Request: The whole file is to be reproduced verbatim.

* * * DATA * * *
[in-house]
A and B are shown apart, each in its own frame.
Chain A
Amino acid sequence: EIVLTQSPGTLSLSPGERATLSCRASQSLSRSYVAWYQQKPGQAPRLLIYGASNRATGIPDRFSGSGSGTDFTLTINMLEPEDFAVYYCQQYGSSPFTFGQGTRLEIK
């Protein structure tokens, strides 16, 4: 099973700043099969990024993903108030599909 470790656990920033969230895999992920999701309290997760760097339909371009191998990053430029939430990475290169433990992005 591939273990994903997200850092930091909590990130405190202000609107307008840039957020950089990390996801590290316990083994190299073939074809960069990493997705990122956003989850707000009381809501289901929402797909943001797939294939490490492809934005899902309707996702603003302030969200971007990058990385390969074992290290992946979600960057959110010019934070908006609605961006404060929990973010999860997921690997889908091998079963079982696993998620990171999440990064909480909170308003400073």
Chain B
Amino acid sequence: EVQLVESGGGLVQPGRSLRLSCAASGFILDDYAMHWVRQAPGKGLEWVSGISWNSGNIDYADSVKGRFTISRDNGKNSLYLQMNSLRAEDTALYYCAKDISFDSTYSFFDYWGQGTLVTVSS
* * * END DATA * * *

[in-house]
A and B are shown apart, each in its own frame.
Chain A
Amino acid sequence: EIVLTQSPGTLSLSPGERATLSCRASQSLSRSYVAWYQQKPGQAPRLLIYGASNRATGIPDRFSGSGSGTDFTLTINMLEPEDFAVYYCQQYGSSPFTFGQGTRLEIK
């Protein structure tokens, strides 16, 4: 099973700043099969990024993903108030599909 470790656990920033969230895999992920999701309290997760760097339909371009191998990053430029939430990475290169433990992005 591939273990994903997200850092930091909590990130405190202000609107307008840039957020950089990390996801590290316990083994190299073939074809960069990493997705990122956003989850707000009381809501289901929402797909943001797939294939490490492809934005899902309707996702603003302030969200971007990058990385390969074992290290992946979600960057959110010019934070908006609605961006404060929990973010999860997921690997889908091998079963079982696993998620990171999440990064909480909170308003400073």
Chain B
Amino acid sequence: EVQLVESGGGLVQPGRSLRLSCAASGFILDDYAMHWVRQAPGKGLEWVSGISWNSGNIDYADSVKGRFTISRDNGKNSLYLQMNSLRAEDTALYYCAKDISFDSTYSFFDYWGQGTLVTVSS